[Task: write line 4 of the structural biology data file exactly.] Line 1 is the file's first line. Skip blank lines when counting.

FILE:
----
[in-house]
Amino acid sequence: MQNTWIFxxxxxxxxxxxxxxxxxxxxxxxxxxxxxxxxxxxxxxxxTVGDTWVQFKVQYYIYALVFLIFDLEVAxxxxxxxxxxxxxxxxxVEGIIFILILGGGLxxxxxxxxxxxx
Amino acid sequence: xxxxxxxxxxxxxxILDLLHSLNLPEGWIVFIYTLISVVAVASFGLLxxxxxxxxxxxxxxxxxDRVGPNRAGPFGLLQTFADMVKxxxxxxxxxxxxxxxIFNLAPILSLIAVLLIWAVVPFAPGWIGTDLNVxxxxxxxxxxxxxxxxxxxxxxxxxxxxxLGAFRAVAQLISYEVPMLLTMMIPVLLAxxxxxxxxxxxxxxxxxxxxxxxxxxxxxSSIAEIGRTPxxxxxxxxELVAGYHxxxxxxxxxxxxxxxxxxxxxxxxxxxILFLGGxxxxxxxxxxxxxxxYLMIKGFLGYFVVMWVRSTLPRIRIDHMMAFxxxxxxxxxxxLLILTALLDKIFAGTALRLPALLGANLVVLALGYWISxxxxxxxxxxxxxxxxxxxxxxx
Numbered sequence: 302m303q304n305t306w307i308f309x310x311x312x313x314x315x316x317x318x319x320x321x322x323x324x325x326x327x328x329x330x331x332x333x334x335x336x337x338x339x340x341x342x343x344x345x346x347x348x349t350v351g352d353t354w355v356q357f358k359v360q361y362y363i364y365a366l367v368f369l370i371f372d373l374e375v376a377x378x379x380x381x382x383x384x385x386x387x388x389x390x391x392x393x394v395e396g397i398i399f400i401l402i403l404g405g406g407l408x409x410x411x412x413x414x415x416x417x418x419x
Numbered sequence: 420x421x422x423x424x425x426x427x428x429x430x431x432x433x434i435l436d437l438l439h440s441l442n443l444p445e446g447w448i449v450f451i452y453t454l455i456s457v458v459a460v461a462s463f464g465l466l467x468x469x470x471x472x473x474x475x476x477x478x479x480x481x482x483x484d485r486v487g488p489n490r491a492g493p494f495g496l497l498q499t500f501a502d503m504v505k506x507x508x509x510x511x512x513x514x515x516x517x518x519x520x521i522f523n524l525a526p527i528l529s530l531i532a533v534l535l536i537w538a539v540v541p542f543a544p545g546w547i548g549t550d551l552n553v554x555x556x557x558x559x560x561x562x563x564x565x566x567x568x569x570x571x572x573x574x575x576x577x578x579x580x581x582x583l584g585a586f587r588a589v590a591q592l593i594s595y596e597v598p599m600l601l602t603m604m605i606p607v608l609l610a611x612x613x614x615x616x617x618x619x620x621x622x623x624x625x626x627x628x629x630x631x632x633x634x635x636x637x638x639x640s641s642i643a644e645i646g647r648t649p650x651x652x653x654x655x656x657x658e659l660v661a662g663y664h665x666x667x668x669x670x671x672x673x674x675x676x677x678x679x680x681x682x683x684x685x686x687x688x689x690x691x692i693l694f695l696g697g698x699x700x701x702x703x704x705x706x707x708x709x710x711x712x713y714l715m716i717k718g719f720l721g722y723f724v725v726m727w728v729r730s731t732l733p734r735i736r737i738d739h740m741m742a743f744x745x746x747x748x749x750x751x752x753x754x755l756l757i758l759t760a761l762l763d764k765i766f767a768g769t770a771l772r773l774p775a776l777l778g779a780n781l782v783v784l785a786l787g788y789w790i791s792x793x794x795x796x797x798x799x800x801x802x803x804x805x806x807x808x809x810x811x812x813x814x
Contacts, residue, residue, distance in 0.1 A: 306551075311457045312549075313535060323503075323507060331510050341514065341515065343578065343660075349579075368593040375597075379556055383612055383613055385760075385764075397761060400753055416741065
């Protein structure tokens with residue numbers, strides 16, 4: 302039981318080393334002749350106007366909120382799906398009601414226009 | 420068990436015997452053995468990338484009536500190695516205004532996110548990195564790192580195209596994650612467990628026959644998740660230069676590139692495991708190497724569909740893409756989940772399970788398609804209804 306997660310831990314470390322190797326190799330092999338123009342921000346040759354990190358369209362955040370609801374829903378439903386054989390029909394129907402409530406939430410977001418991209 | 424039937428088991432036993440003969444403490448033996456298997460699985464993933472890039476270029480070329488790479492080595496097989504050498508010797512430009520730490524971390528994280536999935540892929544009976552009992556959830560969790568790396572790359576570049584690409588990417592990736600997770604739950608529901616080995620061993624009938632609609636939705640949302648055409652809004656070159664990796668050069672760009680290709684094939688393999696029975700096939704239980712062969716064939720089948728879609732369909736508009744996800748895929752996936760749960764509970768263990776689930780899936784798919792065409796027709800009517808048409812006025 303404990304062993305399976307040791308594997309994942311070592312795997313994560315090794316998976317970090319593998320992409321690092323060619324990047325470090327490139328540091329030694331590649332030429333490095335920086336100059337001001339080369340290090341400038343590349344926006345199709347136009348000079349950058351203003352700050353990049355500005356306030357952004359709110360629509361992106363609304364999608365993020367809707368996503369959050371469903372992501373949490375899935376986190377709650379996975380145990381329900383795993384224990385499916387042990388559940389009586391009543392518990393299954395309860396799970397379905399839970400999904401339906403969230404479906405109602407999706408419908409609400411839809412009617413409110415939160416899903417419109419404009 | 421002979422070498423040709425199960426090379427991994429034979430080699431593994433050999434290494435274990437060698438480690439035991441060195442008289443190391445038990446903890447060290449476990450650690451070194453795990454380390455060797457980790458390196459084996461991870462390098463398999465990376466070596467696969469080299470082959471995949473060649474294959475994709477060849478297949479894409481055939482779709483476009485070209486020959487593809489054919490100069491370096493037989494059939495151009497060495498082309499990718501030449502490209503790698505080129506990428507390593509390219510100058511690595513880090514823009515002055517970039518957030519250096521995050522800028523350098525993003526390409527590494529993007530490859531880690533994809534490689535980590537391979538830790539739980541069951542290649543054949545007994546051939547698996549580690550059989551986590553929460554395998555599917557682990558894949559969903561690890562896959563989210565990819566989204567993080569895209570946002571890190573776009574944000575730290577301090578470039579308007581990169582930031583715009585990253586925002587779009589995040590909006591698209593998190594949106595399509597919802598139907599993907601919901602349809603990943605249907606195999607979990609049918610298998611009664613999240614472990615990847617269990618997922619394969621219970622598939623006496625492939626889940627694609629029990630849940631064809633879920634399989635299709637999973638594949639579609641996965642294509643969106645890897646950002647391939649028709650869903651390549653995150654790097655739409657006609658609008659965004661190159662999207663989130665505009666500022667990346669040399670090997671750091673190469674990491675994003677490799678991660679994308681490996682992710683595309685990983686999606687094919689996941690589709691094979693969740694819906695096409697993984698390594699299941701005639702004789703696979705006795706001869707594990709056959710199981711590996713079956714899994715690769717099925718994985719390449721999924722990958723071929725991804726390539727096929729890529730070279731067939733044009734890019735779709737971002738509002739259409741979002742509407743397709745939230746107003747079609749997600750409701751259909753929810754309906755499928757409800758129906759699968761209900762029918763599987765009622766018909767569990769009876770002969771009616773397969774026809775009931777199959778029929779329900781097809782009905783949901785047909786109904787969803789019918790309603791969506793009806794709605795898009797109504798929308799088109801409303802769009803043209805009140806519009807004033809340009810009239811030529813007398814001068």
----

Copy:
Numbered sequence: 302m303q304n305t306w307i308f309x310x311x312x313x314x315x316x317x318x319x320x321x322x323x324x325x326x327x328x329x330x331x332x333x334x335x336x337x338x339x340x341x342x343x344x345x346x347x348x349t350v351g352d353t354w355v356q357f358k359v360q361y362y363i364y365a366l367v368f369l370i371f372d373l374e375v376a377x378x379x380x381x382x383x384x385x386x387x388x389x390x391x392x393x394v395e396g397i398i399f400i401l402i403l404g405g406g407l408x409x410x411x412x413x414x415x416x417x418x419x